Searching over 5,500,000 cases.

Buy This Entire Record For $7.95

Download the entire decision to receive the complete text, official citation,
docket number, dissents and concurrences, and footnotes for this case.

Learn more about what you receive with purchase of this case.

McCutcheon v. Kohl's Corporation

United States District Court, D. South Carolina, Florence Division

April 16, 2015

James Lloyd McCutcheon, Plaintiff,
Kohl's Corporation, Defendant.


RICHARD M. GERGEL, District Judge.

This matter is before the Court on the Report and Recommendation ("R & R") (Dkt. No. 11) of the Magistrate Judge recommending Plaintiff's motion to remand be denied and Plaintiff be allowed additional time to file a response to Defendant's motion to dismiss (Dkt. No. 4). For the reasons stated below, the Court ADOPTS the R & R in full.

I. Background

Plaintiff James Lloyd McCutcheon ("Plaintiff), proceeding pro se originally filed this action in Florence County Court of Common Pleas on July 23, 2014 alleging causes of action for breach of contract and breach of contract with fraudulent intent. (Dkt. No. 1-1). Pursuant to 28 U.S.C. § 1441, Defendant removed this matter to the United States District Court for the District of South Carolina alleging jurisdiction under 28 U.S.C. § 1332. (Dkt. No. 1). In accordance with 28 U.S.C. § 636(b) and Local Civil Rule 73.02(B)(2)(e) DSC, the case was referred to a Magistrate Judge for pretrial proceedings. Defendant filed a motion to dismiss (Dkt. No. 4) and Plaintiff was warned that a failure to respond to the motion could result in dismissal (Dkt. No. 5).[1] Rather than respond to the motion to dismiss, Plaintiff filed a motion to remand. (Dkt. No. 7). The Magistrate Judge issued the present R & R, recommending the motion to remand be denied and that Plaintiff be allowed additional time to respond to the motion to dismiss (Dkt. No. 11) and Defendant objected (Dkt. No. 14).

II. Legal Standard

The Magistrate Judge makes only a recommendation to this Court. The recommendation has no presumptive weight, and the responsibility to make a final determination remains with the Court. Mathews v. Weber, 423 U.S. 261, 270-271 (1976). The Court may "accept, reject, or modify, in whole or in part, the findings or recommendations made by the magistrate." 28 U.S.C. § 636(b)(1). This Court is charged with making a de novo determination of those portions of the R & R to which objection is made. Diamond v. Colonial Life & Ace. Ins. Co., 416 F.3d 310, 315 (4th Cir. 2005) (quoting 28 U.S.C. § 636(b)(1)); accord Fed.R.Civ.P. 72(b). Where the Petitioner fails to file specific objections to the Report and Recommendation, this Court "must only satisfy itself that there is no clear error on the face of the record in order to accept the recommendation.'" Id. (quoting Fed.R.Civ.P. 72 advisory committee note).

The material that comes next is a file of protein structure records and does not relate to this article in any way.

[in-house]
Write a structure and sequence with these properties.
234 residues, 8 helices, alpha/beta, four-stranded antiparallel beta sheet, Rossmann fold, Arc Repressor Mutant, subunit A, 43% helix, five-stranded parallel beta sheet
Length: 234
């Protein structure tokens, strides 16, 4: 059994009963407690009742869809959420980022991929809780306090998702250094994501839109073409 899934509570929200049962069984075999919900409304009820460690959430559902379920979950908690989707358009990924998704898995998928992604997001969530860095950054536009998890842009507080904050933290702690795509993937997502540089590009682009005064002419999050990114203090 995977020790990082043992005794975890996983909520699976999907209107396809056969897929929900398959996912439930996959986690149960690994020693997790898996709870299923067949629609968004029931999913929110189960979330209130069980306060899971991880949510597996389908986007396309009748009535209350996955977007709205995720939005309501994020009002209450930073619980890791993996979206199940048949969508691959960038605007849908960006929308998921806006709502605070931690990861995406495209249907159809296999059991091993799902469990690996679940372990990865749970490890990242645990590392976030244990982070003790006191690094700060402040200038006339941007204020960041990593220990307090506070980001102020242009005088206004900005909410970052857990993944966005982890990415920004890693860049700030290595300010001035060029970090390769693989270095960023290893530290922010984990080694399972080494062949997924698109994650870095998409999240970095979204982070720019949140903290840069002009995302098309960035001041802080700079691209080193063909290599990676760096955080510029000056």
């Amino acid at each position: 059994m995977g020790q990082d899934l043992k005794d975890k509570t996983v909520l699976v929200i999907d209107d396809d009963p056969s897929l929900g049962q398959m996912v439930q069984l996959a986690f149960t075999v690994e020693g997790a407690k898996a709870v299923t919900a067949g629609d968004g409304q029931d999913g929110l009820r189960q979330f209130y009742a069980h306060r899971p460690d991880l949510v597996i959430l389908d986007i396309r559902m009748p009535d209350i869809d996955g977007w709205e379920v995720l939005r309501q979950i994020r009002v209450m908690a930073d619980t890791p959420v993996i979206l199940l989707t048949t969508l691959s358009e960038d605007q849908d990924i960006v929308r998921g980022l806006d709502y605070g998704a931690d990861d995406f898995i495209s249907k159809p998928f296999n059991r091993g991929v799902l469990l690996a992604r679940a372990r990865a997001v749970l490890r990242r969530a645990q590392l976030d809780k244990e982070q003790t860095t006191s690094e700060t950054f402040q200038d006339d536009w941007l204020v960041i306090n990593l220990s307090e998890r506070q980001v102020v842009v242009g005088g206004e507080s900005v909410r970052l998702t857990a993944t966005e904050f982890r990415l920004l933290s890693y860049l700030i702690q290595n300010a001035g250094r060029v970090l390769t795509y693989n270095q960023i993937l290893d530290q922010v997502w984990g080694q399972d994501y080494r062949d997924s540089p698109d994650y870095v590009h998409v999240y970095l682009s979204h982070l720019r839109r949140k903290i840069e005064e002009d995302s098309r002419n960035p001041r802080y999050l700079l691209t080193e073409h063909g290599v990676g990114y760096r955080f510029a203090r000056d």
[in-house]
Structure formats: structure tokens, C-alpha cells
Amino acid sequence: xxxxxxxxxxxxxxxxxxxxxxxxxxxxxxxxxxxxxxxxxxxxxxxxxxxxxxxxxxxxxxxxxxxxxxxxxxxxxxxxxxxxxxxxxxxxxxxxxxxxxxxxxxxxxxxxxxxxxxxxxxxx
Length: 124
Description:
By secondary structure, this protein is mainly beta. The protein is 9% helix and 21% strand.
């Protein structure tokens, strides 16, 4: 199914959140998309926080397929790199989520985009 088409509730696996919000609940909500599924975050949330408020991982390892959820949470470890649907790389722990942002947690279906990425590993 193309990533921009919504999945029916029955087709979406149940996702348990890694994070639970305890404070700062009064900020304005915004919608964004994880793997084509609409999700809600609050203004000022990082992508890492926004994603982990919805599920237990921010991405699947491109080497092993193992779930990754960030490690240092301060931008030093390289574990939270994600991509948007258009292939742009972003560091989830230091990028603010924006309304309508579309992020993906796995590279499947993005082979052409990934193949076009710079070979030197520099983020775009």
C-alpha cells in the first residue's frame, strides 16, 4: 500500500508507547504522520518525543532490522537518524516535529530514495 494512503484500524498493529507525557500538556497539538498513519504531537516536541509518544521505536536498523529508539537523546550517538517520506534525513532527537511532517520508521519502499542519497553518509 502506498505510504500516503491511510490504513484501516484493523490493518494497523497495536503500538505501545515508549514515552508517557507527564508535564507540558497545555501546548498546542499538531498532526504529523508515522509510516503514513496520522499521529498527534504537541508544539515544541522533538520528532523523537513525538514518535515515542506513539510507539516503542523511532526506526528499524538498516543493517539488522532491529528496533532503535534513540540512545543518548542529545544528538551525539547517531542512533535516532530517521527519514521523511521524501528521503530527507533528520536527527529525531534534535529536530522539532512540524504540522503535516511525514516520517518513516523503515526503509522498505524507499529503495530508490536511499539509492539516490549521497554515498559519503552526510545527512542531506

III. Discussion

After careful review of the record, the R & R, and Defendant's objections, the Court finds that the Magistrate Judge applied sound principles to the facts of this case and therefore agrees with and wholly adopts the conclusions of the Magistrate Judge. Defendant objects to the Magistrate Judge's recommendation that "Plaintiff be given twenty days from the date of the district judge's order to file a response to Defendant's motion to dismiss" for three reasons. (Dkt. No. 14). First, Plaintiff was "warned by the Court that failure to respond to the Motion to Dismiss could result in the dismissal of his lawsuit." Id. "Second, Plaintiff filed his own motion[2] by the deadline to file his response to the Motion to Dismiss but failed to respond to the Motion to Dismiss." Id. Third, Plaintiff stated in his Motion to Remand "that he intended to file an amended version, but never did." Id. Defendant concludes by stating that Plaintiff had more than six months between the filing of Defendant's Motion to Dismiss and the issuance of the Report and Recommendation to respond to Defendant's motion and Plaintiffs failure to do so shows Plaintiff is not "interested in pursuing this litigation, or even if he is interested in continuing it, that he has no intention of complying with the Court's rules and deadlines." Id. As such, Defendant argues Plaintiff's claim should be dismissed for failure to prosecute pursuant to Rule 41 (b) of the Federal Rules of Civil Procedure ("Rule 41 (b)"). Id.